MARKET GAINS MORE CONFIDENCE AT SECOND ASIAN AUCTION WEEK
Monday, 30 November 2009, Hong Kong — Bidders at Asian Auction Week’s second Hong Kong sale on Sunday, November 29, at the Mandarin Oriental Hotel showed investor sentiment to be back in positive territory, with their bidding netting a total mount of HK$41.2 million in sales, witnessing 82% of the lots sold. This is in contrast to the HK$17.33 million raised in May.
Of the 160 lots on offer, the most expensive pieces of artwork sold included Ju Ming’s Tai Chi Series-Single Whip and Yoshitomo Nara’s Winter Long, at HK$5.8 million and HK$4.1 million respectively (including buyer’s premium).
Daniel Komala, CEO of Larasati Auctioneers and spokesperson of the four partners behind the Asian Auction Week said, “When we selected the lots for our second auction, we used the learning from our first sale and matched that with the changes we were spotting in investor appetite. The market in May was more conservative and we witnessed a lot of interest in up-and-coming art icons whose entry price was very attractive.”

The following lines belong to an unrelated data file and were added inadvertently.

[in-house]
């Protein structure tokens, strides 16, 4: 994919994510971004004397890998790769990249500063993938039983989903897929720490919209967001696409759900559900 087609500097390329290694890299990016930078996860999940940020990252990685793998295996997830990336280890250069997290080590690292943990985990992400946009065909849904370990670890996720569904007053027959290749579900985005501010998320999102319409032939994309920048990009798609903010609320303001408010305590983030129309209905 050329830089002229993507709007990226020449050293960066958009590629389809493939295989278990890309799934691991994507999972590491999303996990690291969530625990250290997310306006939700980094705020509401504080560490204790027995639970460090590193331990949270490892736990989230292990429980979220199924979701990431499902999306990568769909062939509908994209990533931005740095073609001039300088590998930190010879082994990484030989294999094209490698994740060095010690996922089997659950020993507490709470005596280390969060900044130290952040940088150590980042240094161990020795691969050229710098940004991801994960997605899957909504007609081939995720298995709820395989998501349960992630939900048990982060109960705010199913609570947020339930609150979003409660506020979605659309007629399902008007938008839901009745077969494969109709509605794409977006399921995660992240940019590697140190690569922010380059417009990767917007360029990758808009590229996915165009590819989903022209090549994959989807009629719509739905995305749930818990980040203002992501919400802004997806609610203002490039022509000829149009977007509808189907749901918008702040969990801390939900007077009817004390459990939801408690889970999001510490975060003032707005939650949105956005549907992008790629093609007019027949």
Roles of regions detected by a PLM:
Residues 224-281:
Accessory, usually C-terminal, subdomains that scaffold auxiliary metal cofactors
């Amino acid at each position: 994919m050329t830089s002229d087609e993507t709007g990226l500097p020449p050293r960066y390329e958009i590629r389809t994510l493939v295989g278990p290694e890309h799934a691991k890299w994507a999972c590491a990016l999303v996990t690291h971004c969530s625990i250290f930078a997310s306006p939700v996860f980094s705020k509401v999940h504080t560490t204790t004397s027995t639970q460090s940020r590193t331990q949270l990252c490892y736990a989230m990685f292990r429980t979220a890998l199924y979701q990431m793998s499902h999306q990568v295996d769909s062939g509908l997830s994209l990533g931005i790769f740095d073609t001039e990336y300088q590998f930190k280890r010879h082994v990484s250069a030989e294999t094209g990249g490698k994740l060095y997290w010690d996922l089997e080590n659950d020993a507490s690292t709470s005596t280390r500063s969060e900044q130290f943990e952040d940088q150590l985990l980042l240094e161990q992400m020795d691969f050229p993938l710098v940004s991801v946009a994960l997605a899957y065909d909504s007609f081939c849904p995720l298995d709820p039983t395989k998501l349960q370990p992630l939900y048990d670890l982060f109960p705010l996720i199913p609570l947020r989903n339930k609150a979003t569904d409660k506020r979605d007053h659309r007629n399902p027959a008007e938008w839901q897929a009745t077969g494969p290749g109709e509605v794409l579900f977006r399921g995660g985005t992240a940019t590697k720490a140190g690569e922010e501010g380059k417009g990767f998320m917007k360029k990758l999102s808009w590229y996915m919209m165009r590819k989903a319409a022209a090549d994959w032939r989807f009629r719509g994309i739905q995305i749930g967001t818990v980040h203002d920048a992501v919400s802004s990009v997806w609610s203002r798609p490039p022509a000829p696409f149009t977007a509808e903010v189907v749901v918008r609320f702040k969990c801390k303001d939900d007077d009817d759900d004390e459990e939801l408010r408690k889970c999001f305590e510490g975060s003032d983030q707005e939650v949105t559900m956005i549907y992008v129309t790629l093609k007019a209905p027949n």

He continued, “Our offering this time around is much more heavy-weighted. While we continue to offer future art icons, entry prices are higher compared with our first Hong Kong sale. We also offered a wider range of the old Masters’ artworks, at prices that are very competitive for their quality and reputation. True to expectations, we are seeing a renewed interest in these pieces. This is typical of the contemporary art market. As confidence returns, and more investors have more funds to access, there is always a return to the ‘blue chip’ pieces.”
Other auction highlights included Yashushi Ebihara’s Angela, whose selling price of HK$1.298 million (including buyer’s premium) exceeded the starting price by 519 percent, and Song Jinhwa’s Survive which sold at HK$177,000 (including buyer’s premium), 322 percent above the starting price.
Southeast Asian old masters did well with Affandi’s Cock Fight netting HK$826,000 (including buyer’s premium), 165 percent above the starting price price, and Husain, Maqbool Fida’s Mother Teresa, selling at HK$1.18 million (including buyer’s premium), 148 percent over its starting price.
Other sought after lots included Lee Sun-Don’s 3-Abstract-D which sold for HK$472,000 (including buyer’s premium), 169 percent above starting price, and Zhou Chun-Ya’s Mountain Rocks-Red Rocks, sold at HK$1.652 million (including buyer’s premium), 127 percent over its starting price.
Komala added, “Yesterday’s bidders all made excellent investments. We are confident that many of the pieces sold will appreciate on average 20 to 30 percent within the next two years.”
The collaborative effort by four of Asia’s leading auction houses aims to re-define the art auction landscape in Hong Kong and introduce a comprehensive offering of established and rising stars from Asia.